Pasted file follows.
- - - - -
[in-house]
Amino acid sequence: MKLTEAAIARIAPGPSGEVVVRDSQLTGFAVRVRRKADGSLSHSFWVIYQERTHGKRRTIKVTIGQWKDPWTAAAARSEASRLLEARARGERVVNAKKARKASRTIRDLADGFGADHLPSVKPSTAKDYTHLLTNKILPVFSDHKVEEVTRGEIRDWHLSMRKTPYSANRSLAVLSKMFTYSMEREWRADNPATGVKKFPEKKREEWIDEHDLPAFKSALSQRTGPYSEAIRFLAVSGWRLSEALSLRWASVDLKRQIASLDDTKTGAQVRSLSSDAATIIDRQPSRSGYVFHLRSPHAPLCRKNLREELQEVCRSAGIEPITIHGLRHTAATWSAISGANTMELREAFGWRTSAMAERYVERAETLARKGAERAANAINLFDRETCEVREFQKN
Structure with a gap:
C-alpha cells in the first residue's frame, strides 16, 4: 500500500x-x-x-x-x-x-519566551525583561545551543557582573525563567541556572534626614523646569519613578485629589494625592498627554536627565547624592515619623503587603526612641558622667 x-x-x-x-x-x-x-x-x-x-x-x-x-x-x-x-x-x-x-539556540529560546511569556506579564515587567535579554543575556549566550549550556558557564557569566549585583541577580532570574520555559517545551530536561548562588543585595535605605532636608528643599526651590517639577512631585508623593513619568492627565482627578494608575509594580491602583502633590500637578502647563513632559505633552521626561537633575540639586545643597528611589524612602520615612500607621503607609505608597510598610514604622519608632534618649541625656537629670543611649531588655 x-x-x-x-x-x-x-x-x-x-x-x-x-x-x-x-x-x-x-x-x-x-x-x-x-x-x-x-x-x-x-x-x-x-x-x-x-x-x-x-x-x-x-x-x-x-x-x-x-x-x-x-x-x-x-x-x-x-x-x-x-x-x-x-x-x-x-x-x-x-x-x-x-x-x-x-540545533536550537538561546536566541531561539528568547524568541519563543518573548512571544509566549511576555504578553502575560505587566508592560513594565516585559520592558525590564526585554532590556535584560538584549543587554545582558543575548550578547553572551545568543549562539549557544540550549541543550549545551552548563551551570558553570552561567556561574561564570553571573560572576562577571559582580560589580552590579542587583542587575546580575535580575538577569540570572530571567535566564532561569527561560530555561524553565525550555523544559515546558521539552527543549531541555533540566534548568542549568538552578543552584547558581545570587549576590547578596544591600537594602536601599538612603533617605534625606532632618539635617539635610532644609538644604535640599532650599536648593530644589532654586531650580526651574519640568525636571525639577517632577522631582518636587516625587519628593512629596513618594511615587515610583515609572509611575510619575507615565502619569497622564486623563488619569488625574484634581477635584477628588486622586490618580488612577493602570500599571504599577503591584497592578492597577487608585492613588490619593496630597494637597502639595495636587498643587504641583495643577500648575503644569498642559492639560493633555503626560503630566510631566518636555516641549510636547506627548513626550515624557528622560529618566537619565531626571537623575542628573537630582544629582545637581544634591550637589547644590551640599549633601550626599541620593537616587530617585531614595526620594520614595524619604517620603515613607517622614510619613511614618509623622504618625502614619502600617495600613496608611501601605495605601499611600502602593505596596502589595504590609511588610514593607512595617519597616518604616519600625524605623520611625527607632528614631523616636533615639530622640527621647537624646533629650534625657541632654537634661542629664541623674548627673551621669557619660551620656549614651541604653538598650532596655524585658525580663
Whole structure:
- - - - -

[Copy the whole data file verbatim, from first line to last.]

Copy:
[in-house]
Amino acid sequence: MKLTEAAIARIAPGPSGEVVVRDSQLTGFAVRVRRKADGSLSHSFWVIYQERTHGKRRTIKVTIGQWKDPWTAAAARSEASRLLEARARGERVVNAKKARKASRTIRDLADGFGADHLPSVKPSTAKDYTHLLTNKILPVFSDHKVEEVTRGEIRDWHLSMRKTPYSANRSLAVLSKMFTYSMEREWRADNPATGVKKFPEKKREEWIDEHDLPAFKSALSQRTGPYSEAIRFLAVSGWRLSEALSLRWASVDLKRQIASLDDTKTGAQVRSLSSDAATIIDRQPSRSGYVFHLRSPHAPLCRKNLREELQEVCRSAGIEPITIHGLRHTAATWSAISGANTMELREAFGWRTSAMAERYVERAETLARKGAERAANAINLFDRETCEVREFQKN
Structure with a gap:
C-alpha cells in the first residue's frame, strides 16, 4: 500500500x-x-x-x-x-x-519566551525583561545551543557582573525563567541556572534626614523646569519613578485629589494625592498627554536627565547624592515619623503587603526612641558622667 x-x-x-x-x-x-x-x-x-x-x-x-x-x-x-x-x-x-x-539556540529560546511569556506579564515587567535579554543575556549566550549550556558557564557569566549585583541577580532570574520555559517545551530536561548562588543585595535605605532636608528643599526651590517639577512631585508623593513619568492627565482627578494608575509594580491602583502633590500637578502647563513632559505633552521626561537633575540639586545643597528611589524612602520615612500607621503607609505608597510598610514604622519608632534618649541625656537629670543611649531588655 x-x-x-x-x-x-x-x-x-x-x-x-x-x-x-x-x-x-x-x-x-x-x-x-x-x-x-x-x-x-x-x-x-x-x-x-x-x-x-x-x-x-x-x-x-x-x-x-x-x-x-x-x-x-x-x-x-x-x-x-x-x-x-x-x-x-x-x-x-x-x-x-x-x-x-x-540545533536550537538561546536566541531561539528568547524568541519563543518573548512571544509566549511576555504578553502575560505587566508592560513594565516585559520592558525590564526585554532590556535584560538584549543587554545582558543575548550578547553572551545568543549562539549557544540550549541543550549545551552548563551551570558553570552561567556561574561564570553571573560572576562577571559582580560589580552590579542587583542587575546580575535580575538577569540570572530571567535566564532561569527561560530555561524553565525550555523544559515546558521539552527543549531541555533540566534548568542549568538552578543552584547558581545570587549576590547578596544591600537594602536601599538612603533617605534625606532632618539635617539635610532644609538644604535640599532650599536648593530644589532654586531650580526651574519640568525636571525639577517632577522631582518636587516625587519628593512629596513618594511615587515610583515609572509611575510619575507615565502619569497622564486623563488619569488625574484634581477635584477628588486622586490618580488612577493602570500599571504599577503591584497592578492597577487608585492613588490619593496630597494637597502639595495636587498643587504641583495643577500648575503644569498642559492639560493633555503626560503630566510631566518636555516641549510636547506627548513626550515624557528622560529618566537619565531626571537623575542628573537630582544629582545637581544634591550637589547644590551640599549633601550626599541620593537616587530617585531614595526620594520614595524619604517620603515613607517622614510619613511614618509623622504618625502614619502600617495600613496608611501601605495605601499611600502602593505596596502589595504590609511588610514593607512595617519597616518604616519600625524605623520611625527607632528614631523616636533615639530622640527621647537624646533629650534625657541632654537634661542629664541623674548627673551621669557619660551620656549614651541604653538598650532596655524585658525580663
Whole structure: